AMP chairman David Murray has given the new chief executive Francesco De Ferrari a mandate "to reshape AMP's business model", which means that the capital giant, which is in trouble, can be devoid of paying commissions for legacy products.
While the move to pick Mr. De Ferrari, 49, from the top of Credit Suisse's private bank in Southeast Asia, should not be read as part of an attempt to make AMP more expensive, Murray said that the culture of Credit Suisse is one that he admired, suggesting that AMP could use its advisory model as a template for restoring customer confidence.
After AMP & # 39; s interim results earlier this month revealed a slump in cash inflows in its core asset management activities due to brand damage inflicted by the Royal Commission of Hayne, Mr. Murray described the new executive board as a & # 39; proven change agent & # 39; that would lead the transformation needed in our business ".
With the head of the royal banking commission, Kenneth Hayne, who calls for the removal of the link between the sales and the financial advisor, he pays a "main challenge" for his research, and the expectations are increasing that he will insist on an end to lagging commissions for legacy products. The future of financial advice legislation banned most commissions, but existing agreements were banned. AMP continues to charge so-called grandfather commissions, although rivals Macquarie Group and BT Financial Group of Westpac Bank recently said they would banish them.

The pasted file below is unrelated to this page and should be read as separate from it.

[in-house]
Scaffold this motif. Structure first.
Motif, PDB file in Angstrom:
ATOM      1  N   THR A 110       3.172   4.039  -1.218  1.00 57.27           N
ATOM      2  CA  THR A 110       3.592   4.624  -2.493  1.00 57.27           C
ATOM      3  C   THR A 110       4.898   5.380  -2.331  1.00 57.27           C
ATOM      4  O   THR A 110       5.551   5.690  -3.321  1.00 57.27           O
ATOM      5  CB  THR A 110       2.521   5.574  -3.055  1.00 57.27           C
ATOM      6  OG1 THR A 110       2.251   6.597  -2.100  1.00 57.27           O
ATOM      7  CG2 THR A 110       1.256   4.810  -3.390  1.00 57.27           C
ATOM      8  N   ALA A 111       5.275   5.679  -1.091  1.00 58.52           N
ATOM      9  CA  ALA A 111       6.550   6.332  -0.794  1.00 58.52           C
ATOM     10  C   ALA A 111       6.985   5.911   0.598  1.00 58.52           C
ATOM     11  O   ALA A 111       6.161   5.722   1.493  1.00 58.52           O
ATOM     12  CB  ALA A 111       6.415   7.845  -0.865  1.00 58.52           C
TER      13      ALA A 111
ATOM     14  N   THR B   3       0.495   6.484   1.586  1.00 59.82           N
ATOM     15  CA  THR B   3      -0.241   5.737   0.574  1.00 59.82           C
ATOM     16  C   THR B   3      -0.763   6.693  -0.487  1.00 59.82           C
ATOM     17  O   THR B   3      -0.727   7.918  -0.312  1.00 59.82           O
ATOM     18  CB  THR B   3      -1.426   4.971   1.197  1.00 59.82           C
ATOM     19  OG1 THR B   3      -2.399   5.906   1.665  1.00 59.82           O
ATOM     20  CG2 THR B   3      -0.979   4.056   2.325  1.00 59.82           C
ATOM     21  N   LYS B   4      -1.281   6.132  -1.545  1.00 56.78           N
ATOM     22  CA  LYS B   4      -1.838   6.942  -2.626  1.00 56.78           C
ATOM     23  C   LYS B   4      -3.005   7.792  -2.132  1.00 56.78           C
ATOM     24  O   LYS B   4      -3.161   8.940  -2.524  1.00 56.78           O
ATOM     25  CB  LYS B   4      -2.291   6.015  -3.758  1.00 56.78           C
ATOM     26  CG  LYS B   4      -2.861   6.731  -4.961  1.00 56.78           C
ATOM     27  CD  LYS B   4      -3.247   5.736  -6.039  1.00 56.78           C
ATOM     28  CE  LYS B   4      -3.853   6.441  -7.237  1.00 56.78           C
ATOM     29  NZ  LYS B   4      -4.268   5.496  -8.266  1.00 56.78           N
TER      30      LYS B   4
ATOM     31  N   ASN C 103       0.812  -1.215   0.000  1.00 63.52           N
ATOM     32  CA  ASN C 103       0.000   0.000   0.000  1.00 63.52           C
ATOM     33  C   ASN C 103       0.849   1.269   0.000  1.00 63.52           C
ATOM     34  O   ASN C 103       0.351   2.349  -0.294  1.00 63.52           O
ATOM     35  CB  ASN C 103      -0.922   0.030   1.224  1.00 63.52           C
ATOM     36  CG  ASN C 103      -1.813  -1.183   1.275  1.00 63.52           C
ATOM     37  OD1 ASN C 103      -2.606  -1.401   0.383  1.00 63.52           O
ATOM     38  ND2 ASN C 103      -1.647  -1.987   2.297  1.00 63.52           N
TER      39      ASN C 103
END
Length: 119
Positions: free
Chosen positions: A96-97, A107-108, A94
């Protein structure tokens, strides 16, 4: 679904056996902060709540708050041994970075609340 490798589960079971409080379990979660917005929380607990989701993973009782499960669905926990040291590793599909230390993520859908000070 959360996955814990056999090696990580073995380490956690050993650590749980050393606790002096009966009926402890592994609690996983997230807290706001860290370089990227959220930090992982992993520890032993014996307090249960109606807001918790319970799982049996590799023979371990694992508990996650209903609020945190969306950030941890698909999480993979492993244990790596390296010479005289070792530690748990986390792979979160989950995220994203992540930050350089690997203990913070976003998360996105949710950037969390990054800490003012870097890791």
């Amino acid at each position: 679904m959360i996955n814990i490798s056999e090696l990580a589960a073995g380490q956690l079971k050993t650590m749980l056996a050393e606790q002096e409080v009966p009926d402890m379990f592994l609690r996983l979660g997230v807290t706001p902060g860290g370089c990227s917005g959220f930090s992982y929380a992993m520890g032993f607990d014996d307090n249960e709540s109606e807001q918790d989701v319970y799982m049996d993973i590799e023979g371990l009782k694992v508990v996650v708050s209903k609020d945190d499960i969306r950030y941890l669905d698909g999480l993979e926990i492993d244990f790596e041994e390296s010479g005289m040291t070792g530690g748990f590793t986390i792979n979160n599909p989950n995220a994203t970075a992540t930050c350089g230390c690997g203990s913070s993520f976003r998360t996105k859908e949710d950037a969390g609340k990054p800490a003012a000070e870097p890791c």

But Mr. Murray said that Credit Suisse, where he has also worked as a senior advisor in recent years, understands very clearly that if you add value to the customer in a way that does not deform their portfolio for them, you build a lot faster with them, because you do not have to have a discussion about & # 39; why did you choose this product? & # 39 ;.
"I have seen this up close and understood from my time at the Future Fund and the financial system research, but [Francesco] has actually done it on the ground. I think that's good for the AMP customers, "he said.